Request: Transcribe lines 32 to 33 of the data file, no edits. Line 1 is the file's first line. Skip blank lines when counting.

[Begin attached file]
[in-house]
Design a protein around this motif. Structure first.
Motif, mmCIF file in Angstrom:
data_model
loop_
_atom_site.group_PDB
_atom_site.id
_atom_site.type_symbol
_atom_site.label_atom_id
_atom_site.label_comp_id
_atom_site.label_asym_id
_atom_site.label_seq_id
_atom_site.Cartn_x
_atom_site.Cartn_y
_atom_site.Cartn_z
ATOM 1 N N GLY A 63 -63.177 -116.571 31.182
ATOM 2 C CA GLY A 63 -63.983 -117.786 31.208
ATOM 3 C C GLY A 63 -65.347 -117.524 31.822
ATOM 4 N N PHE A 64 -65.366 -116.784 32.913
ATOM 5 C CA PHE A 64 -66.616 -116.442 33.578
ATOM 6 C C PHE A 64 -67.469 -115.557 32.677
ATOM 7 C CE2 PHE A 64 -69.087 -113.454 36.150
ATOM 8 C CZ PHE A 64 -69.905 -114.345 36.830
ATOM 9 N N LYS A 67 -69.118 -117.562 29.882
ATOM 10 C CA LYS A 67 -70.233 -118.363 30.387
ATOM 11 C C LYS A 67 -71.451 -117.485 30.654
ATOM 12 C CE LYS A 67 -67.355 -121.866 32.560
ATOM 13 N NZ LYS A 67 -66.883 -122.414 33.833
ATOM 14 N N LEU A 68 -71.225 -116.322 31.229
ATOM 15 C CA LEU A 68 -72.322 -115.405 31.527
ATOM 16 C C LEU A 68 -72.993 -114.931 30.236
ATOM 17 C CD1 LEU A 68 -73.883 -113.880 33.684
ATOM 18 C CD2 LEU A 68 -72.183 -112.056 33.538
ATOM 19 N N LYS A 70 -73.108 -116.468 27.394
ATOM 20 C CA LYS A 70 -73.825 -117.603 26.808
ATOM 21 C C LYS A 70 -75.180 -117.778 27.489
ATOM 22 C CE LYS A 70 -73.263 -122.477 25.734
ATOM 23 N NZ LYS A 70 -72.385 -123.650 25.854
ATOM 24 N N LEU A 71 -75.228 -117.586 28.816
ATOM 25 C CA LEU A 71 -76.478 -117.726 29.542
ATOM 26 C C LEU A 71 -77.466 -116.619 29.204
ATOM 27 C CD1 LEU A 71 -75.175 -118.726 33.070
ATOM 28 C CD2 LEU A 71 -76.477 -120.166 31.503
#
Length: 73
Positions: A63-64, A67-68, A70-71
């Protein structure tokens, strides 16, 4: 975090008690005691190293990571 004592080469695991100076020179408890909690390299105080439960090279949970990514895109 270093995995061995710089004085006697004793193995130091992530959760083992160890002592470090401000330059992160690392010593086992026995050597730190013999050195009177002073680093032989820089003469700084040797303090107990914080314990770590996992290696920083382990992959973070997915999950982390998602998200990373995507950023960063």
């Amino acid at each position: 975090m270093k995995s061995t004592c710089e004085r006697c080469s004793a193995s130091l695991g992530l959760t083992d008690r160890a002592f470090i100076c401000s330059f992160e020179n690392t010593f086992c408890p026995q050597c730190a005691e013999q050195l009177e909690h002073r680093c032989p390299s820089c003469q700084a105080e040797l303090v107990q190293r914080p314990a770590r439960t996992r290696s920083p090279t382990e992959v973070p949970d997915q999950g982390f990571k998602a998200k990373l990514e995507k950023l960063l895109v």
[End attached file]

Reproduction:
ATOM 17 C CD1 LEU A 68 -73.883 -113.880 33.684
ATOM 18 C CD2 LEU A 68 -72.183 -112.056 33.538